very low. Has been ill for some
Miss Minnie Allison has gone to
Philomath, starting Sunday morning,
where she will finish her education.
Pierce's new ferry boat will cost
him about $600, and will be ready for
business next week.
The ladies now wear the buckle be
hind, which doesn't look so well as
when buckled before.
Harry Godley and family have left
Sodaville, and will hereafter reside iu
The St. Charles Hotel has changed
hands. The new proprietors took pos
session on Thursday.
Harry Wolf returned from his trip
up the Columbia last week. Mr. De
Pew has also returned from the Beach
Both gentlemen enjoyed their trips.
' Milt. Hale has so fir recovered as
to be able to promenade the streets a
little while daily.
Slathers of goods at Sam' E. Young's
Hi stock of clothing is specially at
tractive, much fuller than ever before.
Eli Hazel, agent for the "Woman's
Friend," is in the city. He says the
demand for the Climax steam Washer
Mr. Morgan, of Chewancan. is in
the city. He gives a glowing desert
tion of that portion of Oregon as a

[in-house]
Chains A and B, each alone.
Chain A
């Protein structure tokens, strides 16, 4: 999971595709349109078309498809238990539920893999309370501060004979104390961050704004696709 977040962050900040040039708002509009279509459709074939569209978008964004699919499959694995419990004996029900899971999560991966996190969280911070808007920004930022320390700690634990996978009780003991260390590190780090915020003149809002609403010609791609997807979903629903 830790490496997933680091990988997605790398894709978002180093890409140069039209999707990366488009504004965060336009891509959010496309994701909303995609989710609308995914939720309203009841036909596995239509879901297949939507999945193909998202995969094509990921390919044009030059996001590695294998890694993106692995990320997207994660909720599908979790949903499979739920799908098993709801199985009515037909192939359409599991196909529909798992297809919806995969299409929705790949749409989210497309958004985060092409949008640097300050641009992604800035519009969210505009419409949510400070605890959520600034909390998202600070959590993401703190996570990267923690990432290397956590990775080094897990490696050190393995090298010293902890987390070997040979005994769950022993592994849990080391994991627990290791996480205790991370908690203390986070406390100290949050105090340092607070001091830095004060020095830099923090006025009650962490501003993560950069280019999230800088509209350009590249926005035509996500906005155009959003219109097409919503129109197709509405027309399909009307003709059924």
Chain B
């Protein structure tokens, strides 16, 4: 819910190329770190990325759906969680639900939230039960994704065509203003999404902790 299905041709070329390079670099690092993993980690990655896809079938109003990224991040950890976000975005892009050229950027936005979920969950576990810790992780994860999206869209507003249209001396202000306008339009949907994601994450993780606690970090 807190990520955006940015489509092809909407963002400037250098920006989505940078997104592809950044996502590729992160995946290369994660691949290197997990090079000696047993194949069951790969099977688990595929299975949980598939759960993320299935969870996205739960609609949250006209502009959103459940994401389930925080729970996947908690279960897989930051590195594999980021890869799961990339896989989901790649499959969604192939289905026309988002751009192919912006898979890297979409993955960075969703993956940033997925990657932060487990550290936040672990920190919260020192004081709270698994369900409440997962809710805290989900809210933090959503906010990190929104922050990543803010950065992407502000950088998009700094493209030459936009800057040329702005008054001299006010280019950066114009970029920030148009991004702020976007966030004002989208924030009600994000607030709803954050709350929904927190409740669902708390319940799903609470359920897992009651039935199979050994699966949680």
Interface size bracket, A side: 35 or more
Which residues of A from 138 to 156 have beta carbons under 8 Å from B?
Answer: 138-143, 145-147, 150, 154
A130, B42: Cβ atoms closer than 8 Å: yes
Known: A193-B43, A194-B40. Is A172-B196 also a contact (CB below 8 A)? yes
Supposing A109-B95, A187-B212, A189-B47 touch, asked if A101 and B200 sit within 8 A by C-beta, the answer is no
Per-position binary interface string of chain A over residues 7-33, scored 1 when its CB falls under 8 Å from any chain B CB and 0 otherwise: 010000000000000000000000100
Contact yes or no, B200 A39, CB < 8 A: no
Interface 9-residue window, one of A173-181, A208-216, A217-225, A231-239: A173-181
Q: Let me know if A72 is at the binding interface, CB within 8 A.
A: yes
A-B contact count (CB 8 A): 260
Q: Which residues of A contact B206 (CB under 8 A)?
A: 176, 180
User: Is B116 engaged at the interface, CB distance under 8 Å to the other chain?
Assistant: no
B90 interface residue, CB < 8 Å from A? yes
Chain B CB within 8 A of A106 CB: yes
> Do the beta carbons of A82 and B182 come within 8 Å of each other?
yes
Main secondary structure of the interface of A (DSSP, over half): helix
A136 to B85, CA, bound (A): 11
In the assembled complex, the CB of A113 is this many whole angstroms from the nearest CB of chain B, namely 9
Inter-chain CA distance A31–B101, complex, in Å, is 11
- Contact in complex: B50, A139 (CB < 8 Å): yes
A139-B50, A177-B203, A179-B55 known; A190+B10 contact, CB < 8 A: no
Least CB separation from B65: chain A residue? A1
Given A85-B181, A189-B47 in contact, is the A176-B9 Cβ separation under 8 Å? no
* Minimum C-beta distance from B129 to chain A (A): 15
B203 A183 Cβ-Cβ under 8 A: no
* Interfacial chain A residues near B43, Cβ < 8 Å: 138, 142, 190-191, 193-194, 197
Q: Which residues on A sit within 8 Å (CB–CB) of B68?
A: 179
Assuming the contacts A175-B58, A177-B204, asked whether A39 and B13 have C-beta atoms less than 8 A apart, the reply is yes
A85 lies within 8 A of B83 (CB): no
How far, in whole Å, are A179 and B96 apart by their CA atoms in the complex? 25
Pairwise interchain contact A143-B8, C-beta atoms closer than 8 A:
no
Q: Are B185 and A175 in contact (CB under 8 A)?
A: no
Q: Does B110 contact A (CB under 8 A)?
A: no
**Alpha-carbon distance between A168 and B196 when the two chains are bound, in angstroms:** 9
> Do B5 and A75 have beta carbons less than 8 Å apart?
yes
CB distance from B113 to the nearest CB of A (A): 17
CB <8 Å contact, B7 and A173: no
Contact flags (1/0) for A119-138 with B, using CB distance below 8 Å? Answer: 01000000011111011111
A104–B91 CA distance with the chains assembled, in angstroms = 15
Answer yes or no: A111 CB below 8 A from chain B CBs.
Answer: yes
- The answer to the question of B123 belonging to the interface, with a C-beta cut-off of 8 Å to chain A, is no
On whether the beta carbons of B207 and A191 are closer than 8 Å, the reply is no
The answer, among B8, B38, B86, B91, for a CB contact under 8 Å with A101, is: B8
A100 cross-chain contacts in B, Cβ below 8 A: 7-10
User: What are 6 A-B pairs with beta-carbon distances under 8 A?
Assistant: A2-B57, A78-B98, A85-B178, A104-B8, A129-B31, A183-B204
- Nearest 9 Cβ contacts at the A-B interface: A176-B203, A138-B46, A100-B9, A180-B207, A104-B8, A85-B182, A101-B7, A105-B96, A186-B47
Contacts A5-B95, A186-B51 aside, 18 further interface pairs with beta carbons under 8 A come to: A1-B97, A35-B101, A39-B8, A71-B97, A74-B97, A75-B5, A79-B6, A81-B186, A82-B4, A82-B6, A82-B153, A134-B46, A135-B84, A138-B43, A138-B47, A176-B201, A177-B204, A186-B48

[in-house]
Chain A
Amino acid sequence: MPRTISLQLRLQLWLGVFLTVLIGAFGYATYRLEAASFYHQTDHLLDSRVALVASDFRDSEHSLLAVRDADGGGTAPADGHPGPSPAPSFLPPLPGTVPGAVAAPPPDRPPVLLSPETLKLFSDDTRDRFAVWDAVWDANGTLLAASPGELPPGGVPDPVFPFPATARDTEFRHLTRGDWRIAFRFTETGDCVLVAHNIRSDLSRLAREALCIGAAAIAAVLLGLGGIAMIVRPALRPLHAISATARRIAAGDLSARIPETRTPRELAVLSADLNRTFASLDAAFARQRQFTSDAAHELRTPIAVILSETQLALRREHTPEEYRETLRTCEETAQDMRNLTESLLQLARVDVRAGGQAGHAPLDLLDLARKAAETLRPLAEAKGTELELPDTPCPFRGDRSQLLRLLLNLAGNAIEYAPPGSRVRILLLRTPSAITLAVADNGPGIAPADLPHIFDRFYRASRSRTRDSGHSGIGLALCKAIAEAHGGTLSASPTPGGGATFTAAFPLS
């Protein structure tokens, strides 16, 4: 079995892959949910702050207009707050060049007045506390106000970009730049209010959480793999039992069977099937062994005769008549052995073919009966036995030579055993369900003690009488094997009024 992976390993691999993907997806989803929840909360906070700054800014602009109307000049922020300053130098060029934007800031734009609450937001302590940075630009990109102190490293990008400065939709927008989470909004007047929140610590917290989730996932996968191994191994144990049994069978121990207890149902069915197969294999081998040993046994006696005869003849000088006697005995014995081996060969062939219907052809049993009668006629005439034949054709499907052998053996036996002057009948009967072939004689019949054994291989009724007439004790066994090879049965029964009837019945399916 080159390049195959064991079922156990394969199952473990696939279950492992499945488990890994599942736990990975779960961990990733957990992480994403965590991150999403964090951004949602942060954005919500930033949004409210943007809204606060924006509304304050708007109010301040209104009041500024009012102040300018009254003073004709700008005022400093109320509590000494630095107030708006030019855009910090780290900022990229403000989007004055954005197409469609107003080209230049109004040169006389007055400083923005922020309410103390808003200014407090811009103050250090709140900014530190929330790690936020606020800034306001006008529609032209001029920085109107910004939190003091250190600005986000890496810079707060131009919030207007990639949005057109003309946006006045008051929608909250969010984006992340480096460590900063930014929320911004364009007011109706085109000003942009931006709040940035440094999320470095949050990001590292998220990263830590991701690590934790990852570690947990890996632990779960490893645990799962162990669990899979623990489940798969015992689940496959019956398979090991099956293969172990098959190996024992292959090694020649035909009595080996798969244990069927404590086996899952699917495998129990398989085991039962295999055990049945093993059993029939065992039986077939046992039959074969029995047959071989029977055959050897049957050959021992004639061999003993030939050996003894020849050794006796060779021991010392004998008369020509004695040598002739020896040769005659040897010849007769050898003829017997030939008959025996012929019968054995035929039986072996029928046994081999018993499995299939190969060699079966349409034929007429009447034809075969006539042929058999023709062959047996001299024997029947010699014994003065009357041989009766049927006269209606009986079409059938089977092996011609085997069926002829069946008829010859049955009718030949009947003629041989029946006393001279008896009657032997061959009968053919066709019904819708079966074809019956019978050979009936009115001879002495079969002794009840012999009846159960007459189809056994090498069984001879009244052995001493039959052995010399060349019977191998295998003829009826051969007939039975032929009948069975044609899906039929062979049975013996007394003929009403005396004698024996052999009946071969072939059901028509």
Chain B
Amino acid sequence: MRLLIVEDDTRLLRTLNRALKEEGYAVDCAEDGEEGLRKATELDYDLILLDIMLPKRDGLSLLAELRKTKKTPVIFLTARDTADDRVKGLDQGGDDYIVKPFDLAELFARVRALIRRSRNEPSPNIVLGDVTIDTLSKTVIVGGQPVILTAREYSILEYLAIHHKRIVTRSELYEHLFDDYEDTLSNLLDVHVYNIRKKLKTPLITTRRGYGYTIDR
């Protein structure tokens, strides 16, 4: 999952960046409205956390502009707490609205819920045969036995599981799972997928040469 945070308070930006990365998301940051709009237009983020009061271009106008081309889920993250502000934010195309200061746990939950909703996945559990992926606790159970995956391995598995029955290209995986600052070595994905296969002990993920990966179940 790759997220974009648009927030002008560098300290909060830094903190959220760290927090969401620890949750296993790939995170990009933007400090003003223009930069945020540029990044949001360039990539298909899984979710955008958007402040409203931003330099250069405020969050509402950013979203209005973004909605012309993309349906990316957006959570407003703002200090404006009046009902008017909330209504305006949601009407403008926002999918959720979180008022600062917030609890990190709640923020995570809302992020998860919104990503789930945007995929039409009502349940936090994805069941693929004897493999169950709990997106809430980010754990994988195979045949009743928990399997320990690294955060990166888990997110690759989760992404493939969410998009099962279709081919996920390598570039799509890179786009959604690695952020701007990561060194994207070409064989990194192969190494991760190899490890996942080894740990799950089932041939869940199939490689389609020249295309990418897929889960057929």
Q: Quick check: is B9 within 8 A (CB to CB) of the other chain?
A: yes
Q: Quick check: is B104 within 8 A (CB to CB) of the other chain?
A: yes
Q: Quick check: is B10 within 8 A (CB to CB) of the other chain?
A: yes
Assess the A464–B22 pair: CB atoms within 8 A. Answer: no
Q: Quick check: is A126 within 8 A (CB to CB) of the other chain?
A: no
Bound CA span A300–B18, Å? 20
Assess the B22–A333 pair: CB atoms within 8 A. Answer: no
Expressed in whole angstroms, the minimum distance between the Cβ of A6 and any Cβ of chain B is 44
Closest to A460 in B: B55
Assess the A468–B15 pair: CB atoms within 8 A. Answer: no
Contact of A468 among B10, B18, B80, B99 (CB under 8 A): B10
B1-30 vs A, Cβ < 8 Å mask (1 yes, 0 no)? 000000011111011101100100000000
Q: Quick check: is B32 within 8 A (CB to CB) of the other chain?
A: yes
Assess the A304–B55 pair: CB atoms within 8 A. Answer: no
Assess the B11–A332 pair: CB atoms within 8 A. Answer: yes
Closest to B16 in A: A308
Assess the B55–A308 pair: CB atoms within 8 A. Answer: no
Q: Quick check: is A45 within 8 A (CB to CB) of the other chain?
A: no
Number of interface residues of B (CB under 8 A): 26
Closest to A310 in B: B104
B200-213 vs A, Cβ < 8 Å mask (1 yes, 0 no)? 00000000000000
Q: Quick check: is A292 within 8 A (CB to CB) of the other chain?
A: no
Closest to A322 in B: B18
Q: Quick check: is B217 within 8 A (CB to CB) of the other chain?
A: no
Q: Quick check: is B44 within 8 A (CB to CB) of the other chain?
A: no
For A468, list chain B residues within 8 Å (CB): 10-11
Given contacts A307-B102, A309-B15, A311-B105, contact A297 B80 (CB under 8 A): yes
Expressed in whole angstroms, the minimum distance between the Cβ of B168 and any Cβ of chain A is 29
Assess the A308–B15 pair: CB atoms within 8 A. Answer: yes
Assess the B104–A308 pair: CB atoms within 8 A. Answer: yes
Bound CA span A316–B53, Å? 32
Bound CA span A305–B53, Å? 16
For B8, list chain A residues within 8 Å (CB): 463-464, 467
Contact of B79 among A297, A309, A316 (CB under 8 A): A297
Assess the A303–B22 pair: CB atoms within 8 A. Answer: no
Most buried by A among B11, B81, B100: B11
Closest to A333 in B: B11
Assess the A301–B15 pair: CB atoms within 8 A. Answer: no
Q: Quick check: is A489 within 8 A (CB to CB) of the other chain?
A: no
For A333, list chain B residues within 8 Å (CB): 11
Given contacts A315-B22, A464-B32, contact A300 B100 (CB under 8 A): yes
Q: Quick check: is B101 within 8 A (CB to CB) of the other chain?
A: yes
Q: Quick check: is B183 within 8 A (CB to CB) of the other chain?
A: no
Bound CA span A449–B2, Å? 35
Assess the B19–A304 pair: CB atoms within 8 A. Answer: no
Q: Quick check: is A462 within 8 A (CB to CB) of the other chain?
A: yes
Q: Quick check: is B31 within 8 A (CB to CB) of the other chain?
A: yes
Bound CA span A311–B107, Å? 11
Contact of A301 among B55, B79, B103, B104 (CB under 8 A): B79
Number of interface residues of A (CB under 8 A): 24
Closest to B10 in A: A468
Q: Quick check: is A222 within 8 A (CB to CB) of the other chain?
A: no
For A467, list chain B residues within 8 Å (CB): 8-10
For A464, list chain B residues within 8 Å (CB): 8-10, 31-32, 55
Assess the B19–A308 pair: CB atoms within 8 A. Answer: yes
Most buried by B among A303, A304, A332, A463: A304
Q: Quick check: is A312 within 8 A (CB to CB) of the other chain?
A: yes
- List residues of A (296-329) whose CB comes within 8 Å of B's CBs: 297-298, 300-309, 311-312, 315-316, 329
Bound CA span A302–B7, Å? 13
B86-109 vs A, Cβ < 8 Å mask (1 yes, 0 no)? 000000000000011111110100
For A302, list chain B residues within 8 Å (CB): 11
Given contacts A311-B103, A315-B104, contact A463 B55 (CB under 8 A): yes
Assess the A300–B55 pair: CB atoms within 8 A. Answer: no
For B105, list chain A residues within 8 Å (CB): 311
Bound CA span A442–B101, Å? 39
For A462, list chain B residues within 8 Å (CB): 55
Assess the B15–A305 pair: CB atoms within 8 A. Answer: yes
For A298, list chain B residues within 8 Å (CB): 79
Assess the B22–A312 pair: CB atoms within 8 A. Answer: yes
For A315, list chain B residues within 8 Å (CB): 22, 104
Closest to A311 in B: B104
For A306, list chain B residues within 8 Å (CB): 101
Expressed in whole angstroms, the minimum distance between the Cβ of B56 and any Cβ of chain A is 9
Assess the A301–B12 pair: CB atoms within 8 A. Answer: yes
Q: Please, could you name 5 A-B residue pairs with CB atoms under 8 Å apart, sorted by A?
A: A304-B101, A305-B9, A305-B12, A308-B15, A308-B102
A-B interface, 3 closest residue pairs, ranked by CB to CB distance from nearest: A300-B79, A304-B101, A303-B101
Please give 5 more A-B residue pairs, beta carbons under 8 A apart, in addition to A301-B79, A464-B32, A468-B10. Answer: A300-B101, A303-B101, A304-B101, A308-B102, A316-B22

stock raising region.
Father Douthitfc,of Ochoco.late Inde
pendent candidate for Secretary of
State, was in the city on Monday, look
ing as hearty as a buck.
Wheat still continues to pour into
the warehouses, but we hear ot no
sales, sixty cents being the highest
offer we have heard.
Our old friend Clark, years ago en
gineer at Althouse & Co.'s planing
mills, threw himself in sight on Mon
daythe same old boy.
On Wednesday 10.000 bushels of
wheat were sold from the Farmers'
Warehouse at 76c per bushel, sacked
and delivered on the cars 64c jier
bubel net. This is the first wheat
transaction of the season.
The Odd Fellows have been having
their Lodge chairs iron bound and
strengthened, to enable them to stand
up under the great weights that climb
into tliem from one to tour evenings
Judge Baber obtained lor hi farm
$56 25 per acre. On forty acres of
this , farm he raised forty-eight and
three-tenths bushels of wheat per acre,
a total of 1,932 bushels for the forty
The damage to the household goods
of Reuben Saltinarsh last week; doubt
less the work of hoodlums, has been
assessed at $150. The guilty parties
should be ferreted out and an example
made of them.
The Willamette Is about as low a
it ever gets. Until the Winter rains
come to swell the volume of water,
shippers will have to depend entirely